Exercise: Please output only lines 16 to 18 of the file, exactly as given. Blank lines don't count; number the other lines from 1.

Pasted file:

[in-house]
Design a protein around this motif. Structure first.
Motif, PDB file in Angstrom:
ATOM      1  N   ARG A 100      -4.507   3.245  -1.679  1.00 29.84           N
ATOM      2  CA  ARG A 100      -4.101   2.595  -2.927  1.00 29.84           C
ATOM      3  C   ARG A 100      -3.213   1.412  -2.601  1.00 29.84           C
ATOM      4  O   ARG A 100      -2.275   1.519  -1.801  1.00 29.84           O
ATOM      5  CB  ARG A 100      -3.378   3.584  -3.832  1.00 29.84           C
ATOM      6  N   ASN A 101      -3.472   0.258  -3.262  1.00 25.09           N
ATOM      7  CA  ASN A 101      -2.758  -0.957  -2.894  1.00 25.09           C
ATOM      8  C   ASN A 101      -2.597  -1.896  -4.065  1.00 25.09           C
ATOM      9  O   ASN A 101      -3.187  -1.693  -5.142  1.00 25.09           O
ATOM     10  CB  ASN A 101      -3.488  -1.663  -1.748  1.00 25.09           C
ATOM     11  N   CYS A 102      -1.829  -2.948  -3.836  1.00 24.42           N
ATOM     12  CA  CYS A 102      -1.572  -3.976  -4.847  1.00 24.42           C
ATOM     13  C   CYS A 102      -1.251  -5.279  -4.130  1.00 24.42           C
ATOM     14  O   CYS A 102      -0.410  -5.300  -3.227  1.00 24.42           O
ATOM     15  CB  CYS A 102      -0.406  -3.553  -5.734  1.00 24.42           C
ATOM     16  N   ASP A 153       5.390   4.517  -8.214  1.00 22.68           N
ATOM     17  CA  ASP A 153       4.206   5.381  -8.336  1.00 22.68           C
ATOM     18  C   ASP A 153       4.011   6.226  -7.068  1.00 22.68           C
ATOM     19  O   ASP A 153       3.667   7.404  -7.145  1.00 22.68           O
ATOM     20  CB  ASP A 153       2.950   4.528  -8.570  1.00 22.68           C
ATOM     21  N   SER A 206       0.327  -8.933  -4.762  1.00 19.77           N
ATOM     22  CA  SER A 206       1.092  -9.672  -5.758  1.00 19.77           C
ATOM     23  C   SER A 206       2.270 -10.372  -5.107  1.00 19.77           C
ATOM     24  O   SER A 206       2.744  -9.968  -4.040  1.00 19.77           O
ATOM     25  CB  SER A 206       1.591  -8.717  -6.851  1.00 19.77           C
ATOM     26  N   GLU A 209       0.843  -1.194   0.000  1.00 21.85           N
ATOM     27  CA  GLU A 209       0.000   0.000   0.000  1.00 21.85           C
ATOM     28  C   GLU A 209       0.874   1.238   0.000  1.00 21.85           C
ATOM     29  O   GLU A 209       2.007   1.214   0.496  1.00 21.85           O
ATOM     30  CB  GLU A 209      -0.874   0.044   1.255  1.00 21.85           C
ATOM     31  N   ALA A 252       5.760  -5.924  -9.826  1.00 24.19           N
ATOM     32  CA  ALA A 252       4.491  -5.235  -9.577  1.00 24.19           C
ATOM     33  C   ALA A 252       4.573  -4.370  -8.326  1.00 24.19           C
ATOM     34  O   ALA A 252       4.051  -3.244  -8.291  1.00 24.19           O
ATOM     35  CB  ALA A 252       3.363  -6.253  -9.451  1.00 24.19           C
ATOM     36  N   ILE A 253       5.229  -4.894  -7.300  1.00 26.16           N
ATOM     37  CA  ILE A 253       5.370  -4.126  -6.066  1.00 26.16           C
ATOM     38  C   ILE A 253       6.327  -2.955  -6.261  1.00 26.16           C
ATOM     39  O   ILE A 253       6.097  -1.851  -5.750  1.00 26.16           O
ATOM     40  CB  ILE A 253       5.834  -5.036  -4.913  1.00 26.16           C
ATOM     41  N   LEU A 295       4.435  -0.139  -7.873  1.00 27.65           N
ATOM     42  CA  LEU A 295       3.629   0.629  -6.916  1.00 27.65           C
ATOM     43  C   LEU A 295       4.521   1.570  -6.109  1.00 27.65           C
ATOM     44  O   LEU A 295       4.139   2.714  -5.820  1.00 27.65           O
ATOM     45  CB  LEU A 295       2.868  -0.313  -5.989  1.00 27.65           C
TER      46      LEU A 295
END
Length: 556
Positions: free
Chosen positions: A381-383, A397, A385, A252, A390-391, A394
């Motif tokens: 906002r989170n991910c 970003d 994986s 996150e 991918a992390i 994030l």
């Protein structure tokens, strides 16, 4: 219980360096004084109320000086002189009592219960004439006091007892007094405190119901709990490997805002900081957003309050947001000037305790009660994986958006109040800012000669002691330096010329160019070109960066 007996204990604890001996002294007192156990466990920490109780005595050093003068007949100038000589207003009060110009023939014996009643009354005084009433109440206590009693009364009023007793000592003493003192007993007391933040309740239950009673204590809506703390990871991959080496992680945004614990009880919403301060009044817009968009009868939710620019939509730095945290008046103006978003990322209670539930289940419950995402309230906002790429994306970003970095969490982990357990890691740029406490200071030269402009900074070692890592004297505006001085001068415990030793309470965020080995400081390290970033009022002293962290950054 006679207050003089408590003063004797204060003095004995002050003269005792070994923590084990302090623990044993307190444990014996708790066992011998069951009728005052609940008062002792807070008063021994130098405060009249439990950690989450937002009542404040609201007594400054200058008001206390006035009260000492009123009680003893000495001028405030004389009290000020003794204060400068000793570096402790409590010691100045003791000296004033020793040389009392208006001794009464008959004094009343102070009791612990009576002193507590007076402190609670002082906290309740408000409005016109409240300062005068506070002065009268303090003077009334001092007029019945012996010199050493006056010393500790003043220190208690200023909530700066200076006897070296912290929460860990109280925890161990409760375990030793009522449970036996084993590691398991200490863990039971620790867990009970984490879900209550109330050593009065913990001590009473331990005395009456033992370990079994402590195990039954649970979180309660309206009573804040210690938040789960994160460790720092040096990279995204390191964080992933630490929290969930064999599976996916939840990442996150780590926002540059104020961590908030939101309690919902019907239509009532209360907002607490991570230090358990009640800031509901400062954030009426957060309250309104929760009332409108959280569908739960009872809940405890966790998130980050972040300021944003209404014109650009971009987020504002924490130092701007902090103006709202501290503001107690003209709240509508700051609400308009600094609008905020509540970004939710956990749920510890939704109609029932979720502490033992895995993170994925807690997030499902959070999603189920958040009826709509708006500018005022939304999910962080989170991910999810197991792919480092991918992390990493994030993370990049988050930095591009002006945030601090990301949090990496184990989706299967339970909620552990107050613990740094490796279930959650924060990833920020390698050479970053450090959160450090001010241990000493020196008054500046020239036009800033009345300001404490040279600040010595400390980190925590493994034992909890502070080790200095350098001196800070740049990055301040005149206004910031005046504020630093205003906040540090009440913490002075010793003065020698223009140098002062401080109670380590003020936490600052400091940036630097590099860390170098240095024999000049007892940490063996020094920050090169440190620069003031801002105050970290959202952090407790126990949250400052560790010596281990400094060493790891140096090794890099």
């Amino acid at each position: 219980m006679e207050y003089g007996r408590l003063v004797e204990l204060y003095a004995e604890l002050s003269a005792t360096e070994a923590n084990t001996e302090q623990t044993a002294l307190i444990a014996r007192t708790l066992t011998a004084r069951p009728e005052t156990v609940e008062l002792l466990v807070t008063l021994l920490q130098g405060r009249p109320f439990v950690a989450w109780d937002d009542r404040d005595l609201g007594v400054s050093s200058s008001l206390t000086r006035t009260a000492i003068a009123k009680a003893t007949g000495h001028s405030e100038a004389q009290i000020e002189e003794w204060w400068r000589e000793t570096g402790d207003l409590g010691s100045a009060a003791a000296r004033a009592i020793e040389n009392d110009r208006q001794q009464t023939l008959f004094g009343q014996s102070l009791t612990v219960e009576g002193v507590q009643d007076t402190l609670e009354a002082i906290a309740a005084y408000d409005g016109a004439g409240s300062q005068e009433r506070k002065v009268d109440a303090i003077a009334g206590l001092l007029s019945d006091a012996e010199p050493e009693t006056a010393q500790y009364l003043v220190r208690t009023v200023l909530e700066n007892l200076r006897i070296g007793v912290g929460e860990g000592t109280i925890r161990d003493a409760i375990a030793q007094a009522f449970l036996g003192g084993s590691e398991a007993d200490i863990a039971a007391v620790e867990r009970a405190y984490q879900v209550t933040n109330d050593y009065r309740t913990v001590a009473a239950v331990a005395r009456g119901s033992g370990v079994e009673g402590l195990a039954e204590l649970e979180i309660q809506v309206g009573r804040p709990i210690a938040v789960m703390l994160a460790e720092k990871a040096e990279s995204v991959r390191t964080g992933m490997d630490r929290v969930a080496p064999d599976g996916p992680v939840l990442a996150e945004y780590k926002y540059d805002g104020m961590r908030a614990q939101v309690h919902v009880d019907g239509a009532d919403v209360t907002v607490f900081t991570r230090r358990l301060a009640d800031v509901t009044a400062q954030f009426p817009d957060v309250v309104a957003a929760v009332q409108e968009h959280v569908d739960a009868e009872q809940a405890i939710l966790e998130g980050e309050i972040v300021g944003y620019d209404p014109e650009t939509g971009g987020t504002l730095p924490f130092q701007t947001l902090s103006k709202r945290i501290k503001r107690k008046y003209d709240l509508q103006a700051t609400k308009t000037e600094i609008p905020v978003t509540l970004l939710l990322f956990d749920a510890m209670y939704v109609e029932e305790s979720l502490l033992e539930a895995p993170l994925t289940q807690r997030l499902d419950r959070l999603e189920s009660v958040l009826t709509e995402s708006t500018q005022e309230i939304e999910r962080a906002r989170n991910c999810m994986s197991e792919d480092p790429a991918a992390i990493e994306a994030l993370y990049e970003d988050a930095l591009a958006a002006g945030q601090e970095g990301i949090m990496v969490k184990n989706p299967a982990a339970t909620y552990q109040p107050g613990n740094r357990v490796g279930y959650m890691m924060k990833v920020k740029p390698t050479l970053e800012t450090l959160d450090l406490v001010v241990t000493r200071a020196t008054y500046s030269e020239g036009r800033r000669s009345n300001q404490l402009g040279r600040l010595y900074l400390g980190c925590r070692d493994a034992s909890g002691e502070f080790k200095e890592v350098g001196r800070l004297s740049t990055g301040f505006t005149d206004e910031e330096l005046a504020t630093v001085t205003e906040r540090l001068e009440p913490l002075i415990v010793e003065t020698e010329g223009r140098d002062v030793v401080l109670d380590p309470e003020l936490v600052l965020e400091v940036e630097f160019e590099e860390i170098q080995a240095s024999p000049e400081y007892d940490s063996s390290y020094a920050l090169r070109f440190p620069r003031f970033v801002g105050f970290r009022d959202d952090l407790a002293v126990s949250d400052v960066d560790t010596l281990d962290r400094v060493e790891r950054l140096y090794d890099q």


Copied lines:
ATOM     13  C   CYS A 102      -1.251  -5.279  -4.130  1.00 24.42           C
ATOM     14  O   CYS A 102      -0.410  -5.300  -3.227  1.00 24.42           O
ATOM     15  CB  CYS A 102      -0.406  -3.553  -5.734  1.00 24.42           C